There are many aspects of business that are complex. Is it better to grow quickly or take a more organic, slow-growth approach? Would it be better to fund a risk analysis and mitigation initiative or hire a new employee? These questions aren't easy ones to answer, as important as they might be. But there are some aspects of business that are pretty straightforward, and cash flow is one of them. If you're spending money faster than you're bringing it in, you're not going to have a positive cash flow.
And let's be clear…you need a positive cash flow.
If you're having trouble keeping your head above water in the cash department, or if you simply want to improve an already-rosy picture, read on for practical strategies for positive cash flow.
1. Get a deposit and establish milestones for long-term projects.
Whether you're a restaurant with a catering business or a graphic designer, it's great to land big projects with big paydays.
But when your work is spread out over weeks or months, it can be hard to continue paying your bills, especially if you have to defer other projects to finish your biggie.
A solution? Charge a deposit and establish milestones. Not only will a deposit ensure that your client isn't simply shopping you for price, but it'll make it easier to buy supplies or dedicate time to their job.
Bringing in money early in the project helps keep your cash flowing in.
2. Consider a discount for immediate payment.
For those of us who invoice for services or products, we're used to sending bills and waiting for the checks to trickle in. I've had great success in offering a modest discount for clients who can pay on the spot.
3. Raise your prices.
It may seem counterintuitive, but one of the best ways to keep a positive cash flow is to bring in more money.
If your industry is competitive and you're concerned about losing clients because of the increase, consider establishing new pricing for new clients and keeping old clients at the original level.
Alternatively, you could test out a price increase on just a few products or for just a few existing clients.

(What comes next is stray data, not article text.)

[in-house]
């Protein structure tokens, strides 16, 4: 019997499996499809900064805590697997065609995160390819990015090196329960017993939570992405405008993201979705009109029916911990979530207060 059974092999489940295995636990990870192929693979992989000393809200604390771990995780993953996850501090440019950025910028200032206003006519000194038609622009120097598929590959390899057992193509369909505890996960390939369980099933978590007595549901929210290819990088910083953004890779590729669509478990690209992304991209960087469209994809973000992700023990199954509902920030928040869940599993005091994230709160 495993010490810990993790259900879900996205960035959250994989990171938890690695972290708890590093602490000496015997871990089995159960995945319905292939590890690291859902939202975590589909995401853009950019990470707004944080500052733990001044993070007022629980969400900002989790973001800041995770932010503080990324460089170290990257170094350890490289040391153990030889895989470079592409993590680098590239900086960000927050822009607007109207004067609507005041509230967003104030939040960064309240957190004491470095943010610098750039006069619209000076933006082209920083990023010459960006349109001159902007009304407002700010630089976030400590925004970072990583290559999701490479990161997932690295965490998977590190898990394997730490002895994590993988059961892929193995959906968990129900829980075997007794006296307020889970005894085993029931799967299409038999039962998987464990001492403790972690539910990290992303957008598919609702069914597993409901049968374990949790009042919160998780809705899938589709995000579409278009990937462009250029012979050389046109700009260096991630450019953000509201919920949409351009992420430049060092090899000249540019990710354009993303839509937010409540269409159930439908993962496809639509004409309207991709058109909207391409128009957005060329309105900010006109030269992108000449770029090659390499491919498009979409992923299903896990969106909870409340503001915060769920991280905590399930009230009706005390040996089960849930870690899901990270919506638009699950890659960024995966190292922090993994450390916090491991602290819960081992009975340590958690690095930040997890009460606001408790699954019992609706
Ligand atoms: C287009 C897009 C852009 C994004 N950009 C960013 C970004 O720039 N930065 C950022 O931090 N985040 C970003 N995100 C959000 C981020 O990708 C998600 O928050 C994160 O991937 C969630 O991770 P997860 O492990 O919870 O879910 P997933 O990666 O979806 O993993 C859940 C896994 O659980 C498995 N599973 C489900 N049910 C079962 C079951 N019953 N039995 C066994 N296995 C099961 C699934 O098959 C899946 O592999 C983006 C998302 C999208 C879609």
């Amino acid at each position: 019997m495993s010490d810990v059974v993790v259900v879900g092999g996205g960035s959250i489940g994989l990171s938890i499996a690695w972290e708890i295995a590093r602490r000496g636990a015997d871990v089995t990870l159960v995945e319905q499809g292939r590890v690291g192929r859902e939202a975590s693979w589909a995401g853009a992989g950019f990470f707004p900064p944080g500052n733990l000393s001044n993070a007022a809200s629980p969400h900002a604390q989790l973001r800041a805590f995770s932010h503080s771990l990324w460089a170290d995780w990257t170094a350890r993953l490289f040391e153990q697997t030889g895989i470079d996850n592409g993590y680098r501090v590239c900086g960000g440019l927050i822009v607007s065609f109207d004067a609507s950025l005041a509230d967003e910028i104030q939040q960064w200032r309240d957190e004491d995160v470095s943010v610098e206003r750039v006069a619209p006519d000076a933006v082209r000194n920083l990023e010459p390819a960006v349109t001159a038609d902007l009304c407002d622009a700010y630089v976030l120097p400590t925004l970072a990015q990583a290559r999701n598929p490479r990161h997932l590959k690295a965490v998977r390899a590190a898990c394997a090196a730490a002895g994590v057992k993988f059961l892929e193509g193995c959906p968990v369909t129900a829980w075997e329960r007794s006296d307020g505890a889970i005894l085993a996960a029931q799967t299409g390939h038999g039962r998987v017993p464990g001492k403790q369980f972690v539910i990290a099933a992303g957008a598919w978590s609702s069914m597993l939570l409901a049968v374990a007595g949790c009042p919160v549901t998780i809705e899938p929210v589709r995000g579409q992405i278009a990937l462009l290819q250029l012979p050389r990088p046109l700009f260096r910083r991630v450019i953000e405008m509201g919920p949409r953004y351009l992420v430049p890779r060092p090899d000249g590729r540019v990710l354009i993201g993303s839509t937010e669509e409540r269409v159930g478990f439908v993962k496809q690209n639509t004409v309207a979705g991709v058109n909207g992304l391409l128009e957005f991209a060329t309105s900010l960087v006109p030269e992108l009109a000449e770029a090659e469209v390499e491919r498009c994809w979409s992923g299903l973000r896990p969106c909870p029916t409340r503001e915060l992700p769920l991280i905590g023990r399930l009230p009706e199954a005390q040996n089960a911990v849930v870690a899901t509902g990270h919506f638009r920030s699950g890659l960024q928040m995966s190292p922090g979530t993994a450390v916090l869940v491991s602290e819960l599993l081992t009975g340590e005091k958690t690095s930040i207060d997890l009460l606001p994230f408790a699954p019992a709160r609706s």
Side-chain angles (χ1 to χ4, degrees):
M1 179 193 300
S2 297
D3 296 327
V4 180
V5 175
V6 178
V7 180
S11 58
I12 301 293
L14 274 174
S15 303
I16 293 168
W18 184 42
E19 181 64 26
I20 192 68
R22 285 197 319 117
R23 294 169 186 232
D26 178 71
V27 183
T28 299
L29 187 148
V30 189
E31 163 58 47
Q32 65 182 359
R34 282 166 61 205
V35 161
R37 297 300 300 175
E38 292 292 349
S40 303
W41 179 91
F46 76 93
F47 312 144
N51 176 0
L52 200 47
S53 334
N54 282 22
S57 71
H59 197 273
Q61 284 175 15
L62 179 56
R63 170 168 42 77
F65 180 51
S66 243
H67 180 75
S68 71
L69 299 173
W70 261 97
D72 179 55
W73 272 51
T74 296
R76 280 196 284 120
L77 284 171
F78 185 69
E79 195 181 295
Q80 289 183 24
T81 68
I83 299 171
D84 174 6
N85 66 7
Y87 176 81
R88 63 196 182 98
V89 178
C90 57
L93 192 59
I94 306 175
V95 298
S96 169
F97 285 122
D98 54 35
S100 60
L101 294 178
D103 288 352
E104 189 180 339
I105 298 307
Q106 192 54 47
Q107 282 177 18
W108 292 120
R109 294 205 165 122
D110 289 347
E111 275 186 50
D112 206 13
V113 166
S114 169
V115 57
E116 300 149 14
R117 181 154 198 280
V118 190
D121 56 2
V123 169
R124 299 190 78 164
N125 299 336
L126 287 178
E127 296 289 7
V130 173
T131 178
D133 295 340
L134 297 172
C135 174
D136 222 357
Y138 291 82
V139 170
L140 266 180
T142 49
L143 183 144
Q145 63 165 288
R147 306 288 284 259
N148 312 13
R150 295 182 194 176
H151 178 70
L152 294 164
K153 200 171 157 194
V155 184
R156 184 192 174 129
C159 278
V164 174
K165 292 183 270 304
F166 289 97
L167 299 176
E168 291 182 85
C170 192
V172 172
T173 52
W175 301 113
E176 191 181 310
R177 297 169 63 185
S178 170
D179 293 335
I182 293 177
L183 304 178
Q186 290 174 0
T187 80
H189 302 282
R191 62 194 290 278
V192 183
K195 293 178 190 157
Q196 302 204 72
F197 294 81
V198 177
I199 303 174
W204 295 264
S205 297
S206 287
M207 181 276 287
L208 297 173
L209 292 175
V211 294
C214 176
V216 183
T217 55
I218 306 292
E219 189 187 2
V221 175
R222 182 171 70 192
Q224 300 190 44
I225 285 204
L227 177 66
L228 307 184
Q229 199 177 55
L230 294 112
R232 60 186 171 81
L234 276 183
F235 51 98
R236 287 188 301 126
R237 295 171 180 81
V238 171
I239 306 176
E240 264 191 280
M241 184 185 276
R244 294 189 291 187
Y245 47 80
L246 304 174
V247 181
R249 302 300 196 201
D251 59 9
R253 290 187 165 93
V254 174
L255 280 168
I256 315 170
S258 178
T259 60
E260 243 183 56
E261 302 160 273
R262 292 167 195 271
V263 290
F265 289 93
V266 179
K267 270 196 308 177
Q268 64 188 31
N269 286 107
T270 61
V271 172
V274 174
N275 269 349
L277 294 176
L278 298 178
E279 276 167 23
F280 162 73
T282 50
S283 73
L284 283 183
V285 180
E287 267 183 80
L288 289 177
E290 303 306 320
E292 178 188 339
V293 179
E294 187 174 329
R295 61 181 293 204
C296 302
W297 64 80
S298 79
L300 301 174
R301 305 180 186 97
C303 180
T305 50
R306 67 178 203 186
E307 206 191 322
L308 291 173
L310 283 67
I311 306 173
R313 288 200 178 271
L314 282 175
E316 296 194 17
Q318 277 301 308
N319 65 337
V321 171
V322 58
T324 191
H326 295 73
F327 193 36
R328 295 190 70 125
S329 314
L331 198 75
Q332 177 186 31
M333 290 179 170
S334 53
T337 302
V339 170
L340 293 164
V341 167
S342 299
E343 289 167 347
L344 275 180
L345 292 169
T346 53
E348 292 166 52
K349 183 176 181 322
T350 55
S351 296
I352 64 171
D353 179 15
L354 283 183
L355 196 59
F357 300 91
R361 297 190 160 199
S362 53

4. Offer premium or bundled services.
Another way to make your best clients even better is to offer them a premium product.
Consider bundling something that offers them added convenience or value. Increasing per-client spend can help boost your positive cash flow.
5. Create seasonal excitement.
I've learned that little spikes in sales can be enormously helpful in generating funds for my rainy day account or to finance special projects that intrigue me.
Positive cash flow depends in part on your ability to meet unexpected expenses. Building up that rainy day account or simply keeping a bigger buffer in your operating account can be a lifesaver. Periodic new product introductions or seasonal promotions can build that buffer.
6. Negotiate terms with vendors.
Revenue is only part of the cash flow equation. The other part is expenses.
I'm always surprised at how many business owners don't think to negotiate more advantageous terms or pricing from the people they buy from. You may have vendors who'd happily offer 30-day terms at no additional cost. You might be able to leverage your value to your vendor to obtain better quantity discounts. You might even be able to band together with other local companies to take advantage of bulk rates or delivery charges.
Positive cash flow is far easier to achieve if your expenses are lower or paid out slower.
7. Implement systems that improve productivity.
One of the most frequently overlooked ways to get to a positive cash flow is to improve productivity. Think about it: If you could accomplish more work with the staff you have, you could focus on bringing more revenue in!
Think about tasks in your business that have to be repeated over and over. How can you do them more efficiently? Whether it's client communications, processing returns or assembling widgets, when we streamline workflow, we're freeing up staff for other work.
A positive cash flow is important to the success of your business. Making sure you have money left over at the end of each month is the sign of a healthy company. It's what lets you grow. It enables you to support community causes that matter to you. It's what lets you continue to employ your staff and do good work.
Read more articles on cash flow.